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The curious case of Lee Abdul

First Team News | 21st April 2022

Over the years, we have seen a host of world superstars lining up on the wing for the Blue and Blacks, from Gerald Davies to Josh Adams, Gareth Thomas to Jonah Lomu and fan favourites such as Steve Ford and Tom James.

However, one of the stand-out performances from the Arms Park touchline over recent years came in October 2003 as Lee Abdul lit up the first encounter between Cardiff and Ospreys.

The Rumney native and boyhood Cardiff fan lived the ultimate dream for a few months, writing himself into Blue and Blacks folklore in the process.

His four tries that day, on the way to Cardiff’s comprehensive 43-6 victory at the Arms Park, is yet to be beaten in the league’s history. 

Less than two weeks later, Abdul would play his last of 12 first team games for Cardiff and some might wonder what happened to the four-try sensation. We caught up with him earlier this week to find out.

“I can remember it being a lush day at the Arms Park. We were still in the first few weeks of regional rugby, so it was all quite fresh and new for everyone,” recalls Abdul.

“It was a bit of a weird feeling at the time, because when Cardiff played Ospreys it was like being up against both Neath and Swansea rivals at the same time.

“But once you were out there, it didn’t feel any different to a derby match.”

After making a couple of appearances for the Blue and Blacks during the 1990s, with his debut coming against Penarth in 1995, Abdul was called in on loan from Aberavon as Cardiff dealt with a series of injuries during the latter stages of the 2002/03 season.

The Rugby World Cup took place in Australia the following season, offering further first team opportunities for the wing in the absence of Tom Shanklin and Rhys Williams. 

It was against Ospreys that he truly made his mark, playing with and against cult heroes of the game in Wales: “You had these stars on show, with Ospreys bringing the likes of Scott Gibbs and Gavin Henson to the Arms Park that day.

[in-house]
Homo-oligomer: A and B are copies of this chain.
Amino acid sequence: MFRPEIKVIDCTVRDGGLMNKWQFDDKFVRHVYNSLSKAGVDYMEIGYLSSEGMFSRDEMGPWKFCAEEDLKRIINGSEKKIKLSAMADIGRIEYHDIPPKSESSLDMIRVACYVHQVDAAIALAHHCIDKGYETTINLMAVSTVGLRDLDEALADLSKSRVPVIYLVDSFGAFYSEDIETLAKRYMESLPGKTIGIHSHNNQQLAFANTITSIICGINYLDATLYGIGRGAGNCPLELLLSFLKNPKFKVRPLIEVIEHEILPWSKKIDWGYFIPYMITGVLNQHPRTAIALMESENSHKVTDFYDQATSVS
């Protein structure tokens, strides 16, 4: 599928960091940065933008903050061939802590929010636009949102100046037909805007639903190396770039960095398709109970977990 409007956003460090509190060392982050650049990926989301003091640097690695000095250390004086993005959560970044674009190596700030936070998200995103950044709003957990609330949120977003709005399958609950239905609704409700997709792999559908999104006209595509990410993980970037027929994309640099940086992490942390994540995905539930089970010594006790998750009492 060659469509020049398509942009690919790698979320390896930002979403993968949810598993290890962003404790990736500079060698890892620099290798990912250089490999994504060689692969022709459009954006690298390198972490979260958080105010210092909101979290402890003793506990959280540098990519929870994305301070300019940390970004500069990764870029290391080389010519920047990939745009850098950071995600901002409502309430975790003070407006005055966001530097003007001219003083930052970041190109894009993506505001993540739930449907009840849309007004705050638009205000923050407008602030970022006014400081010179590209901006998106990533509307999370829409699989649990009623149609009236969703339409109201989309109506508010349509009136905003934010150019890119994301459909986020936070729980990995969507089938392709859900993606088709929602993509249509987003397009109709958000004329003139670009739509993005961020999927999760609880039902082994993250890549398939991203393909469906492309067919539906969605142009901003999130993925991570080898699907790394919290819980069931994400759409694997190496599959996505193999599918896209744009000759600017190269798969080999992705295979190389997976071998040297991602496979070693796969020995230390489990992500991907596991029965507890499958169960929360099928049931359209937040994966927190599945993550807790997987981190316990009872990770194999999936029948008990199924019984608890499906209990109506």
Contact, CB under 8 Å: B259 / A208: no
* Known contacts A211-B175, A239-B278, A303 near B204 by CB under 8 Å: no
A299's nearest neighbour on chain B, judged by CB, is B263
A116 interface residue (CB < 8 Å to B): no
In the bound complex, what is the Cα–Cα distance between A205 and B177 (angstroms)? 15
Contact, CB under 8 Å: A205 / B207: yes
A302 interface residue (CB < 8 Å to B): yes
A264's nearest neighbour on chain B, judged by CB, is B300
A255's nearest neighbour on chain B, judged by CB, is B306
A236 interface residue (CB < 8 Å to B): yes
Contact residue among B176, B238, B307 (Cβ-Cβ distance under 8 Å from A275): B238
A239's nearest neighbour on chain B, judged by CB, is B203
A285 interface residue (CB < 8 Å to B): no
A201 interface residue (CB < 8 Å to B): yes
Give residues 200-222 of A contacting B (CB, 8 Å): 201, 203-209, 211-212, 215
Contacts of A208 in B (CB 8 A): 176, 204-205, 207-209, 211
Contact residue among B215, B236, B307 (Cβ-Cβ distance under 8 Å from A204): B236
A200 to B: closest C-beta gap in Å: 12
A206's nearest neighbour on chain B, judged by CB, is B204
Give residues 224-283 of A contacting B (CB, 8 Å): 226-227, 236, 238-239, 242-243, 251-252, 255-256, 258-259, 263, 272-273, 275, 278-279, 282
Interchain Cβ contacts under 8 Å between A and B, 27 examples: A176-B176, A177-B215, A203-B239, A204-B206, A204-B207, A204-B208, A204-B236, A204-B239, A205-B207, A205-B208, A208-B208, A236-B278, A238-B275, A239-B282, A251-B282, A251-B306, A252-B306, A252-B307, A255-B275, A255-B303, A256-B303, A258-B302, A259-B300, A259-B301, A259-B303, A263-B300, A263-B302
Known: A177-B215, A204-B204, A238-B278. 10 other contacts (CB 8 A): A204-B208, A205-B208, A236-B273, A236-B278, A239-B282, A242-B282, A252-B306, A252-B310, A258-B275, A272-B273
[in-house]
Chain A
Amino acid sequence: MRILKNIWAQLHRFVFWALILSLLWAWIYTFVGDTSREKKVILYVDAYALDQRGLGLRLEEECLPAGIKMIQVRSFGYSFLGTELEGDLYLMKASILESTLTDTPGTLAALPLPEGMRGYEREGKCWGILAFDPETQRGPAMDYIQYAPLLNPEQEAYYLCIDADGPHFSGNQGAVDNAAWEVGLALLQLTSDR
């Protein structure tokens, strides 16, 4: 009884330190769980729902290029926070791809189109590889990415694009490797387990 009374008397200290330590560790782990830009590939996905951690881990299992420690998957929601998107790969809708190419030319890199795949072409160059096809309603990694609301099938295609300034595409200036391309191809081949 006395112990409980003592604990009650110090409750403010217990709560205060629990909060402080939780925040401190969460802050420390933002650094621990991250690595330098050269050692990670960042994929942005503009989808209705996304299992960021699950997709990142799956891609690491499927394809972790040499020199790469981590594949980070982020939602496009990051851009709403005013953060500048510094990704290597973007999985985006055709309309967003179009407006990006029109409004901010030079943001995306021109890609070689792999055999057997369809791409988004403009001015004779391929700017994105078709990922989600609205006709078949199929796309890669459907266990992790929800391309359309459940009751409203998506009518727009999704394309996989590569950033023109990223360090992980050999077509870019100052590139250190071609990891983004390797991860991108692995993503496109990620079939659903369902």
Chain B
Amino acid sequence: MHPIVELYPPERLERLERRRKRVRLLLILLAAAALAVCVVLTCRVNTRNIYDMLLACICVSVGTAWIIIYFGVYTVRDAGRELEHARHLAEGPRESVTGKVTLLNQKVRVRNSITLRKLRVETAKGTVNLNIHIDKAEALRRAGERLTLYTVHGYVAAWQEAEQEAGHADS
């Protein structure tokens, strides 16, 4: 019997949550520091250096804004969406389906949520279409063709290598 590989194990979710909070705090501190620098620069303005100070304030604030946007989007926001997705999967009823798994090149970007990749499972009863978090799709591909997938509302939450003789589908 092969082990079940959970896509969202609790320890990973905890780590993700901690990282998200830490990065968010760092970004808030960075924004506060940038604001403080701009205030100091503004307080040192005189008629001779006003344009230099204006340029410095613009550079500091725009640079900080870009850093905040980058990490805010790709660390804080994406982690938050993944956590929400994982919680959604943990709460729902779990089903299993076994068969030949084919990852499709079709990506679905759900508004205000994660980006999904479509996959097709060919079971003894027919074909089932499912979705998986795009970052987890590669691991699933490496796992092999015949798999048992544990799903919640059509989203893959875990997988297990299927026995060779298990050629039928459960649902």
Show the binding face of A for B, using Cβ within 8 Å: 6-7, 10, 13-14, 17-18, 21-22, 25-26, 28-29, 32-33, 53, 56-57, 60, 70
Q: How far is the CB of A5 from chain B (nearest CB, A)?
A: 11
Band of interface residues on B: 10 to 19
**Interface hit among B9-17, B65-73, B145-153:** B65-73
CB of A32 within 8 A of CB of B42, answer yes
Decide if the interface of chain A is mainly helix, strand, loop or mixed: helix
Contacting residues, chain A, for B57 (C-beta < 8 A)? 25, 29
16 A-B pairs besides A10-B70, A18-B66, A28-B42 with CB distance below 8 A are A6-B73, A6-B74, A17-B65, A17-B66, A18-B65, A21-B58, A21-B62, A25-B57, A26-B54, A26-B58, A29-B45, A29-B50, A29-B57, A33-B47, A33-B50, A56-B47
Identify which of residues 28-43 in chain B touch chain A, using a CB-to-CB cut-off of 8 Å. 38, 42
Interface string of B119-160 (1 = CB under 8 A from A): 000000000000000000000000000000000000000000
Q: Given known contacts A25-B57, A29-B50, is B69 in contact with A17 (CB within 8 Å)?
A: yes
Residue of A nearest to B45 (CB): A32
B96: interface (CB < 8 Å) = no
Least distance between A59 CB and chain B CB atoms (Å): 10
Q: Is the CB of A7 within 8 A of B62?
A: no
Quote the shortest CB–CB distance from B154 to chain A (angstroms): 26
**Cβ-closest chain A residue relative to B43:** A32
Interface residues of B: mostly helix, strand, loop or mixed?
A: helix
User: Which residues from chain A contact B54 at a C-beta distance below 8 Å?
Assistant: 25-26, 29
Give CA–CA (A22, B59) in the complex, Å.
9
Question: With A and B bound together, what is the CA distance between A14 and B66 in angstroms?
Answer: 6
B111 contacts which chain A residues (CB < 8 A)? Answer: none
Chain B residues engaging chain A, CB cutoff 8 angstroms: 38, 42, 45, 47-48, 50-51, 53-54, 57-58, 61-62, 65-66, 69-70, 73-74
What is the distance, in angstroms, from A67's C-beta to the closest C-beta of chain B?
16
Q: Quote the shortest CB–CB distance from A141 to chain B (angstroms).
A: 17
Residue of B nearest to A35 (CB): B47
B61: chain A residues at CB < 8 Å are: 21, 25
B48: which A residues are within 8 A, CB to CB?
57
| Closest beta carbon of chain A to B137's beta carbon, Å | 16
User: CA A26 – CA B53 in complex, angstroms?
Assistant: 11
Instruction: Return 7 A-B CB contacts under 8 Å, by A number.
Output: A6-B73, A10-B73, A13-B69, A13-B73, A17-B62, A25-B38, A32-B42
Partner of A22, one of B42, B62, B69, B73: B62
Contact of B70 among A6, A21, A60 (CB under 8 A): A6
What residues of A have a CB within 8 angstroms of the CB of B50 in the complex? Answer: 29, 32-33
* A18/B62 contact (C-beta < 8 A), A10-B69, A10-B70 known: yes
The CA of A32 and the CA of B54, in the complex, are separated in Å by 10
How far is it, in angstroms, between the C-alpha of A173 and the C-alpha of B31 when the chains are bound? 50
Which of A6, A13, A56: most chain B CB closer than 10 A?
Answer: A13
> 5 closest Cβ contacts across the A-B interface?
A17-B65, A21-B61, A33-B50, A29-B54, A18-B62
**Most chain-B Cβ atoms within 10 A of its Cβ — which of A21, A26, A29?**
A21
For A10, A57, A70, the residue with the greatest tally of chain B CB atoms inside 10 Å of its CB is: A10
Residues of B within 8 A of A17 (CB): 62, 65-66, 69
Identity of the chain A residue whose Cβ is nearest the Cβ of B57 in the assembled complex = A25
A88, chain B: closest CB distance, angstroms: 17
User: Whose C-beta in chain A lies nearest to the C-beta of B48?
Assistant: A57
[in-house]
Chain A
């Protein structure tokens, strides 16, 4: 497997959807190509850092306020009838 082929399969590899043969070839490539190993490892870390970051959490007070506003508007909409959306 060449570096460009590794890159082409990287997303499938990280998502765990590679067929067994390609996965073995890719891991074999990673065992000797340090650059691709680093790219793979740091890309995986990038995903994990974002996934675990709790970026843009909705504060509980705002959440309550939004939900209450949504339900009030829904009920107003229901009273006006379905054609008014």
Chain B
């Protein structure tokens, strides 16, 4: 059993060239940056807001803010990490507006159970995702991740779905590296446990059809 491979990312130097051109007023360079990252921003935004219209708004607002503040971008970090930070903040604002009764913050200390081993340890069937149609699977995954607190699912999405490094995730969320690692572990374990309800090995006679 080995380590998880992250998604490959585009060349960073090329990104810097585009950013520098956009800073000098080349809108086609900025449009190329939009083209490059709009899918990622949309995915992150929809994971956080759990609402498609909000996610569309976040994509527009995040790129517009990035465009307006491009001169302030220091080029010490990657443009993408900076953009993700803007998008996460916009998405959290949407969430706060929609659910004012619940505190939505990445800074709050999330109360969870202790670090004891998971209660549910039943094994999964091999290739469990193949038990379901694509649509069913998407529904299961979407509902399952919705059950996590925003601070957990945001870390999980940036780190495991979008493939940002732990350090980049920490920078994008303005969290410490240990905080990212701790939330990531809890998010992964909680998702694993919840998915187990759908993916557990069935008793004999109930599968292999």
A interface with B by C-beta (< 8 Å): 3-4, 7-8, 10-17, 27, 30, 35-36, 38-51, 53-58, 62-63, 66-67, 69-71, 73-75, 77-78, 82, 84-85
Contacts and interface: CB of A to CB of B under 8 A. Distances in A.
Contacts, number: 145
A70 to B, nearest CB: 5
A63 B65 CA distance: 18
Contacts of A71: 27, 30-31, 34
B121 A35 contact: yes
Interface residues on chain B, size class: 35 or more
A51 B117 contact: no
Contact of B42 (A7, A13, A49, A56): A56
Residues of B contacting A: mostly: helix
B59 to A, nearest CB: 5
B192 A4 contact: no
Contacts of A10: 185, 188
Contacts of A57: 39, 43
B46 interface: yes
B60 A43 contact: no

“Henson was incredible. I’ve never seen a guy who could so effortlessly play a game of rugby and make it look so easy, but it was almost Jekyll and Hyde as once we started to get on top, I haven’t seen a guy give in so quickly and become easy to play against.

“In saying that, he was world class and one of the best players I’ve ever played against.

“You look at our side, you had the Robinson brothers and Dan Baugh and I got along great with them.

“Nicky and Jamie obviously understood the importance of the local rivalry but there was no one as good to play alongside as Dan. He was incredible.

“Him and Craig Quinnell had an edge around them up front, and Dan took us to another level. When you were looking for that little bit of inspiration, he always seemed to pull it off. 

“Off the field, he was pretty quiet and kept himself to himself but once kick off was approaching he had an energy about him. It’s hard to explain. Being around his persona, you’d get a spark off him and he demanded the standards around him.

“He’d lift you up when you needed it and was an incredible bloke. It’s just a shame he didn’t qualify for Wales, because he was definitely an adopted Cardiff boy!

“On that particular day, you had Dan smashing into contact, sucking the life out of Ospreys bit-by-bit and we all benefitted from that.

“Apparently the record of four tries still sticks to today, the boys love to remind me and give me stick about it!

“I remember the first one, receiving the pass from Craig Morgan and the next thing I knew I ended up on the bottom of a pile up. To be honest, I wasn’t even sure if I’d gotten it down until the 10 people on top of me had got off.

“For me, coming up against those big names, the first thing I wanted to do was make sure I held my own and not make a fool of myself but as the game goes on you start believing. I respected them, of course, but there was no reason I couldn’t show a bit more.”


And the former Rumney and Aberavon wing, who also represented Cardiff at youth level, certainly didn’t look out of place.

His four tries is still fondly remembered by those in attendance and Abdul admits it was a whirlwind experience: “It all happened a bit suddenly. I’d been playing for Aberavon but received a phone call to go on loan because Cardiff were short of players.